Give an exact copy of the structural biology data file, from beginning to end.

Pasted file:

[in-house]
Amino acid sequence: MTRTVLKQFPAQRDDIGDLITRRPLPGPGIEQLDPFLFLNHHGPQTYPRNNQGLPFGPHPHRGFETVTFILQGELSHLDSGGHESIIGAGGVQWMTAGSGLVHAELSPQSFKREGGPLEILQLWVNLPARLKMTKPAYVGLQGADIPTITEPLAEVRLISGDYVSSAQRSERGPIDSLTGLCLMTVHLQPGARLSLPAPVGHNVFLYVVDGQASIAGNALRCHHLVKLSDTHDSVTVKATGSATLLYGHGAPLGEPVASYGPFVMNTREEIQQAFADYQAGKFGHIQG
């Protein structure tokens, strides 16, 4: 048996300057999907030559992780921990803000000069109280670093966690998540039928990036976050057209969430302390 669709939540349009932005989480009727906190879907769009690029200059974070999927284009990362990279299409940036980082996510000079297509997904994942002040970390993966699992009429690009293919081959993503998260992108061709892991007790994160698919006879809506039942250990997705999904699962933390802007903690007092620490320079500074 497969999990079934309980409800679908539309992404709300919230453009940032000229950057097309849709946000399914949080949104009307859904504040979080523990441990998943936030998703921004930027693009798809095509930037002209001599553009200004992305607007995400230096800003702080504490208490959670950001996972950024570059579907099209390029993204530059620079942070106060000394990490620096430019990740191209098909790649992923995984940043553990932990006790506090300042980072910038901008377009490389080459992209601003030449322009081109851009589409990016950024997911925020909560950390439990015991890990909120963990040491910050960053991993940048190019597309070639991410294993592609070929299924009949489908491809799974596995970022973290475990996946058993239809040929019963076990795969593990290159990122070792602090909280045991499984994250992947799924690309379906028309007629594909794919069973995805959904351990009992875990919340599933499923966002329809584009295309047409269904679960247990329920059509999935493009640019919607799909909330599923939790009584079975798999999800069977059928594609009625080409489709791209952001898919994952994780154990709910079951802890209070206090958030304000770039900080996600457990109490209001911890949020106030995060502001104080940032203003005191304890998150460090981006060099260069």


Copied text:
[in-house]
Amino acid sequence: MTRTVLKQFPAQRDDIGDLITRRPLPGPGIEQLDPFLFLNHHGPQTYPRNNQGLPFGPHPHRGFETVTFILQGELSHLDSGGHESIIGAGGVQWMTAGSGLVHAELSPQSFKREGGPLEILQLWVNLPARLKMTKPAYVGLQGADIPTITEPLAEVRLISGDYVSSAQRSERGPIDSLTGLCLMTVHLQPGARLSLPAPVGHNVFLYVVDGQASIAGNALRCHHLVKLSDTHDSVTVKATGSATLLYGHGAPLGEPVASYGPFVMNTREEIQQAFADYQAGKFGHIQG
């Protein structure tokens, strides 16, 4: 048996300057999907030559992780921990803000000069109280670093966690998540039928990036976050057209969430302390 669709939540349009932005989480009727906190879907769009690029200059974070999927284009990362990279299409940036980082996510000079297509997904994942002040970390993966699992009429690009293919081959993503998260992108061709892991007790994160698919006879809506039942250990997705999904699962933390802007903690007092620490320079500074 497969999990079934309980409800679908539309992404709300919230453009940032000229950057097309849709946000399914949080949104009307859904504040979080523990441990998943936030998703921004930027693009798809095509930037002209001599553009200004992305607007995400230096800003702080504490208490959670950001996972950024570059579907099209390029993204530059620079942070106060000394990490620096430019990740191209098909790649992923995984940043553990932990006790506090300042980072910038901008377009490389080459992209601003030449322009081109851009589409990016950024997911925020909560950390439990015991890990909120963990040491910050960053991993940048190019597309070639991410294993592609070929299924009949489908491809799974596995970022973290475990996946058993239809040929019963076990795969593990290159990122070792602090909280045991499984994250992947799924690309379906028309007629594909794919069973995805959904351990009992875990919340599933499923966002329809584009295309047409269904679960247990329920059509999935493009640019919607799909909330599923939790009584079975798999999800069977059928594609009625080409489709791209952001898919994952994780154990709910079951802890209070206090958030304000770039900080996600457990109490209001911890949020106030995060502001104080940032203003005191304890998150460090981006060099260069």